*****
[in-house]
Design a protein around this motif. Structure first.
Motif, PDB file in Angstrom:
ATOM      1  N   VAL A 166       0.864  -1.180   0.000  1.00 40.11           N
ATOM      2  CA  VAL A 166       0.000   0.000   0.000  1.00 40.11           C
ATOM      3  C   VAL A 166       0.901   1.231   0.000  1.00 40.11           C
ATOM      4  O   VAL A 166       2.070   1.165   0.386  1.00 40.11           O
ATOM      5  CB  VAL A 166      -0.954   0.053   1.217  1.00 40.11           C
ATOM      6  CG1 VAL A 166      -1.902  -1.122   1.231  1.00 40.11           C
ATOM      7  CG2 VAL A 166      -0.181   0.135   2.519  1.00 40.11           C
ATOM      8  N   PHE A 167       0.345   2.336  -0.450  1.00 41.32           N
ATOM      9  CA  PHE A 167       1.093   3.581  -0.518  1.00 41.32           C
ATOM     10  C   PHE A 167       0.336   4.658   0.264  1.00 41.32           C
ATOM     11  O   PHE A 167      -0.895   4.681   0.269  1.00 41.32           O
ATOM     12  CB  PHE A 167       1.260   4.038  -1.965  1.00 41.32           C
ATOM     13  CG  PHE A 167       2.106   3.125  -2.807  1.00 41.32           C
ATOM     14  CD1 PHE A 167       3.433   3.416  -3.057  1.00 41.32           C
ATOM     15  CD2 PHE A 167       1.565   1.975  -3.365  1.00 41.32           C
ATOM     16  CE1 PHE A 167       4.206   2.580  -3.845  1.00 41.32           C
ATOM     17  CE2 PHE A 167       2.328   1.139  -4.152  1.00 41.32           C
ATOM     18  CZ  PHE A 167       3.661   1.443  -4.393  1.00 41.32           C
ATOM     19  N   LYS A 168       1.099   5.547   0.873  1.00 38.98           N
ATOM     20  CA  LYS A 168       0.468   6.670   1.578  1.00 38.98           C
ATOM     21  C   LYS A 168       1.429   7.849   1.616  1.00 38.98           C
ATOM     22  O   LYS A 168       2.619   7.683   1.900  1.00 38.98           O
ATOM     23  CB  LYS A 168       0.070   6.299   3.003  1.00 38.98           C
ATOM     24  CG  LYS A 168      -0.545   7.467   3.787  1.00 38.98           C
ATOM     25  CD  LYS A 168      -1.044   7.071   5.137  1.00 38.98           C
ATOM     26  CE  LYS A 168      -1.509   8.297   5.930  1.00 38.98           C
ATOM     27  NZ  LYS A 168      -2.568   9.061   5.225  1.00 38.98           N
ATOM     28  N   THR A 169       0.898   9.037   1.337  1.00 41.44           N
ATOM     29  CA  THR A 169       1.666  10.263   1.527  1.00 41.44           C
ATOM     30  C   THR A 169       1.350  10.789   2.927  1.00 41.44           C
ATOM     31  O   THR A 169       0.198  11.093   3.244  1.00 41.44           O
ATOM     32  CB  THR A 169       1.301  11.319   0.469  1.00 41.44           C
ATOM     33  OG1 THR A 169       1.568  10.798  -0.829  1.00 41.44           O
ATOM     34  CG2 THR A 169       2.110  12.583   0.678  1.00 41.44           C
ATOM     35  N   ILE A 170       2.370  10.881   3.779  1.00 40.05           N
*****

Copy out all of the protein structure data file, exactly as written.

[in-house]
Design a protein around this motif. Structure first.
Motif, PDB file in Angstrom:
ATOM      1  N   VAL A 166       0.864  -1.180   0.000  1.00 40.11           N
ATOM      2  CA  VAL A 166       0.000   0.000   0.000  1.00 40.11           C
ATOM      3  C   VAL A 166       0.901   1.231   0.000  1.00 40.11           C
ATOM      4  O   VAL A 166       2.070   1.165   0.386  1.00 40.11           O
ATOM      5  CB  VAL A 166      -0.954   0.053   1.217  1.00 40.11           C
ATOM      6  CG1 VAL A 166      -1.902  -1.122   1.231  1.00 40.11           C
ATOM      7  CG2 VAL A 166      -0.181   0.135   2.519  1.00 40.11           C
ATOM      8  N   PHE A 167       0.345   2.336  -0.450  1.00 41.32           N
ATOM      9  CA  PHE A 167       1.093   3.581  -0.518  1.00 41.32           C
ATOM     10  C   PHE A 167       0.336   4.658   0.264  1.00 41.32           C
ATOM     11  O   PHE A 167      -0.895   4.681   0.269  1.00 41.32           O
ATOM     12  CB  PHE A 167       1.260   4.038  -1.965  1.00 41.32           C
ATOM     13  CG  PHE A 167       2.106   3.125  -2.807  1.00 41.32           C
ATOM     14  CD1 PHE A 167       3.433   3.416  -3.057  1.00 41.32           C
ATOM     15  CD2 PHE A 167       1.565   1.975  -3.365  1.00 41.32           C
ATOM     16  CE1 PHE A 167       4.206   2.580  -3.845  1.00 41.32           C
ATOM     17  CE2 PHE A 167       2.328   1.139  -4.152  1.00 41.32           C
ATOM     18  CZ  PHE A 167       3.661   1.443  -4.393  1.00 41.32           C
ATOM     19  N   LYS A 168       1.099   5.547   0.873  1.00 38.98           N
ATOM     20  CA  LYS A 168       0.468   6.670   1.578  1.00 38.98           C
ATOM     21  C   LYS A 168       1.429   7.849   1.616  1.00 38.98           C
ATOM     22  O   LYS A 168       2.619   7.683   1.900  1.00 38.98           O
ATOM     23  CB  LYS A 168       0.070   6.299   3.003  1.00 38.98           C
ATOM     24  CG  LYS A 168      -0.545   7.467   3.787  1.00 38.98           C
ATOM     25  CD  LYS A 168      -1.044   7.071   5.137  1.00 38.98           C
ATOM     26  CE  LYS A 168      -1.509   8.297   5.930  1.00 38.98           C
ATOM     27  NZ  LYS A 168      -2.568   9.061   5.225  1.00 38.98           N
ATOM     28  N   THR A 169       0.898   9.037   1.337  1.00 41.44           N
ATOM     29  CA  THR A 169       1.666  10.263   1.527  1.00 41.44           C
ATOM     30  C   THR A 169       1.350  10.789   2.927  1.00 41.44           C
ATOM     31  O   THR A 169       0.198  11.093   3.244  1.00 41.44           O
ATOM     32  CB  THR A 169       1.301  11.319   0.469  1.00 41.44           C
ATOM     33  OG1 THR A 169       1.568  10.798  -0.829  1.00 41.44           O
ATOM     34  CG2 THR A 169       2.110  12.583   0.678  1.00 41.44           C
ATOM     35  N   ILE A 170       2.370  10.881   3.779  1.00 40.05           N